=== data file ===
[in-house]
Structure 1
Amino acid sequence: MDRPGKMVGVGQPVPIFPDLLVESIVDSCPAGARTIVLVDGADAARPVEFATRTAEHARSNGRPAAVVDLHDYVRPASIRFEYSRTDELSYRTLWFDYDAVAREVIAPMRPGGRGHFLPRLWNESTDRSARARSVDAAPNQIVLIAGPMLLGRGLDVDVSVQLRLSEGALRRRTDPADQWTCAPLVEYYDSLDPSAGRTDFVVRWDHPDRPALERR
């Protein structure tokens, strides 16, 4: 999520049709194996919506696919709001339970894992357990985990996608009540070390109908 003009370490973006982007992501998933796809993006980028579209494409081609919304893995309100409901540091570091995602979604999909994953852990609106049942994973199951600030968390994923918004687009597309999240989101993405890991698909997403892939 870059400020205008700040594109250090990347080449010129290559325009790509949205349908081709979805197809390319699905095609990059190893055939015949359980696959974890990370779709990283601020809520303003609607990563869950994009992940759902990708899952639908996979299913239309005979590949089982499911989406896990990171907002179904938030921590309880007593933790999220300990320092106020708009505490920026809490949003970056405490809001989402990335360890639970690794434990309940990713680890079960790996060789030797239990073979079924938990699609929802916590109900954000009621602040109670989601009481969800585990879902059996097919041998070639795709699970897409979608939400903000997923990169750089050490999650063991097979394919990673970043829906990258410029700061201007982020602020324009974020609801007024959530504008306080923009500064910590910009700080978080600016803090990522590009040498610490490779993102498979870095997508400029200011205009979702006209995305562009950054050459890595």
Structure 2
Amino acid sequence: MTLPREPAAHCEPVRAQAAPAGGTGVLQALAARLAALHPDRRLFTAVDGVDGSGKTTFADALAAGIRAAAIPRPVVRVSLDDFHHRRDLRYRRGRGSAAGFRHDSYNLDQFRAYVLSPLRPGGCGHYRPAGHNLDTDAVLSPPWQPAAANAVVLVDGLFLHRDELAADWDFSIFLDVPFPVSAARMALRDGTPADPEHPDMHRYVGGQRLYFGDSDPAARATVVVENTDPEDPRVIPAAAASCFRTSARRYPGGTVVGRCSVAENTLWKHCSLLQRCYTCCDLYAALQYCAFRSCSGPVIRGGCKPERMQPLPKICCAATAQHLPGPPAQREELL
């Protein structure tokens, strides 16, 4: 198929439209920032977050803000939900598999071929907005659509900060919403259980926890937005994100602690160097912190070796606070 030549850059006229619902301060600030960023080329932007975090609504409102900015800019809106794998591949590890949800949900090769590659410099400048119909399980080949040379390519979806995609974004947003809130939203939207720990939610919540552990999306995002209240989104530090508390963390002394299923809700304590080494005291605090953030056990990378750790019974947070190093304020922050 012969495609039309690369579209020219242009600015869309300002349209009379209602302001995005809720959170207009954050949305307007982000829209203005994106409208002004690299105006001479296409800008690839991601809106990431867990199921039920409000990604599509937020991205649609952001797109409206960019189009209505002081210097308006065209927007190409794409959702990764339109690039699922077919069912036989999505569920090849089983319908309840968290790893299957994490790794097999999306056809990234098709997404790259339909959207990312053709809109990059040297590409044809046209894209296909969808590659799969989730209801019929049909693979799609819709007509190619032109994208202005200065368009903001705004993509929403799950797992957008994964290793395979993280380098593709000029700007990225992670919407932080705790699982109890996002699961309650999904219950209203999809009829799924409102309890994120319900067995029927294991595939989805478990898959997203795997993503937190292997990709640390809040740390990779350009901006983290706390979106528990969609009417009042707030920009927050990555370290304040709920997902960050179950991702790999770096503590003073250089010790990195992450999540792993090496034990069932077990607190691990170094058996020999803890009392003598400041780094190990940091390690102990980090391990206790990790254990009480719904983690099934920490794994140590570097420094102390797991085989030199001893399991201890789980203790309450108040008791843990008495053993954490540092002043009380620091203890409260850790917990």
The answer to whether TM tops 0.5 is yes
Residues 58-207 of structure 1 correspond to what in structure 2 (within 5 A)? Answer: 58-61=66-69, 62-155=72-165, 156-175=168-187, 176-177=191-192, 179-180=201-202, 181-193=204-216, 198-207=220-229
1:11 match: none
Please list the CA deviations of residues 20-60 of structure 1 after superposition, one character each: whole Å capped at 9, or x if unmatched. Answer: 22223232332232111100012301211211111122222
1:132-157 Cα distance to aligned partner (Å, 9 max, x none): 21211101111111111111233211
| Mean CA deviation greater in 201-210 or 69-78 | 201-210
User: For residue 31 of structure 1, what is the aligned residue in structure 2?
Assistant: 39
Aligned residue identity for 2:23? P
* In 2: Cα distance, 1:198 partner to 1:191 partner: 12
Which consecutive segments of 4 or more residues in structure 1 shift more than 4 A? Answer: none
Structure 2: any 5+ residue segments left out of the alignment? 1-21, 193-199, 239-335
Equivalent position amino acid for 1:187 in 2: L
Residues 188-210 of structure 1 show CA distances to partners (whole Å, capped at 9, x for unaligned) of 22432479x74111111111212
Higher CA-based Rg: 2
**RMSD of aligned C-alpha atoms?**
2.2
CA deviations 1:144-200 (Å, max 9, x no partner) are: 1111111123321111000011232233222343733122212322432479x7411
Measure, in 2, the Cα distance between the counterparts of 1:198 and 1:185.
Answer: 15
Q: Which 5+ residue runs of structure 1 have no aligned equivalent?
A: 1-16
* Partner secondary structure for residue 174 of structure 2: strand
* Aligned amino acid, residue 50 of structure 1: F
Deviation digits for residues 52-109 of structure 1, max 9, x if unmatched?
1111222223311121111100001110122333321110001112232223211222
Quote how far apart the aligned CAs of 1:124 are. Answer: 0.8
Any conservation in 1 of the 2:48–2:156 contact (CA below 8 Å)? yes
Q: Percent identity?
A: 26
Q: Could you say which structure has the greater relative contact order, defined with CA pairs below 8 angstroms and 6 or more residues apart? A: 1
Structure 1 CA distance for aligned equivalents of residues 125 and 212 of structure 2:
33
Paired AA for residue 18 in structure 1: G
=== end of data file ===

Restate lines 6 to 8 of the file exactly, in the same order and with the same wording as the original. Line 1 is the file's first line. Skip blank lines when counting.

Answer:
Amino acid sequence: MTLPREPAAHCEPVRAQAAPAGGTGVLQALAARLAALHPDRRLFTAVDGVDGSGKTTFADALAAGIRAAAIPRPVVRVSLDDFHHRRDLRYRRGRGSAAGFRHDSYNLDQFRAYVLSPLRPGGCGHYRPAGHNLDTDAVLSPPWQPAAANAVVLVDGLFLHRDELAADWDFSIFLDVPFPVSAARMALRDGTPADPEHPDMHRYVGGQRLYFGDSDPAARATVVVENTDPEDPRVIPAAAASCFRTSARRYPGGTVVGRCSVAENTLWKHCSLLQRCYTCCDLYAALQYCAFRSCSGPVIRGGCKPERMQPLPKICCAATAQHLPGPPAQREELL
């Protein structure tokens, strides 16, 4: 198929439209920032977050803000939900598999071929907005659509900060919403259980926890937005994100602690160097912190070796606070 030549850059006229619902301060600030960023080329932007975090609504409102900015800019809106794998591949590890949800949900090769590659410099400048119909399980080949040379390519979806995609974004947003809130939203939207720990939610919540552990999306995002209240989104530090508390963390002394299923809700304590080494005291605090953030056990990378750790019974947070190093304020922050 012969495609039309690369579209020219242009600015869309300002349209009379209602302001995005809720959170207009954050949305307007982000829209203005994106409208002004690299105006001479296409800008690839991601809106990431867990199921039920409000990604599509937020991205649609952001797109409206960019189009209505002081210097308006065209927007190409794409959702990764339109690039699922077919069912036989999505569920090849089983319908309840968290790893299957994490790794097999999306056809990234098709997404790259339909959207990312053709809109990059040297590409044809046209894209296909969808590659799969989730209801019929049909693979799609819709007509190619032109994208202005200065368009903001705004993509929403799950797992957008994964290793395979993280380098593709000029700007990225992670919407932080705790699982109890996002699961309650999904219950209203999809009829799924409102309890994120319900067995029927294991595939989805478990898959997203795997993503937190292997990709640390809040740390990779350009901006983290706390979106528990969609009417009042707030920009927050990555370290304040709920997902960050179950991702790999770096503590003073250089010790990195992450999540792993090496034990069932077990607190691990170094058996020999803890009392003598400041780094190990940091390690102990980090391990206790990790254990009480719904983690099934920490794994140590570097420094102390797991085989030199001893399991201890789980203790309450108040008791843990008495053993954490540092002043009380620091203890409260850790917990």
The answer to whether TM tops 0.5 is yes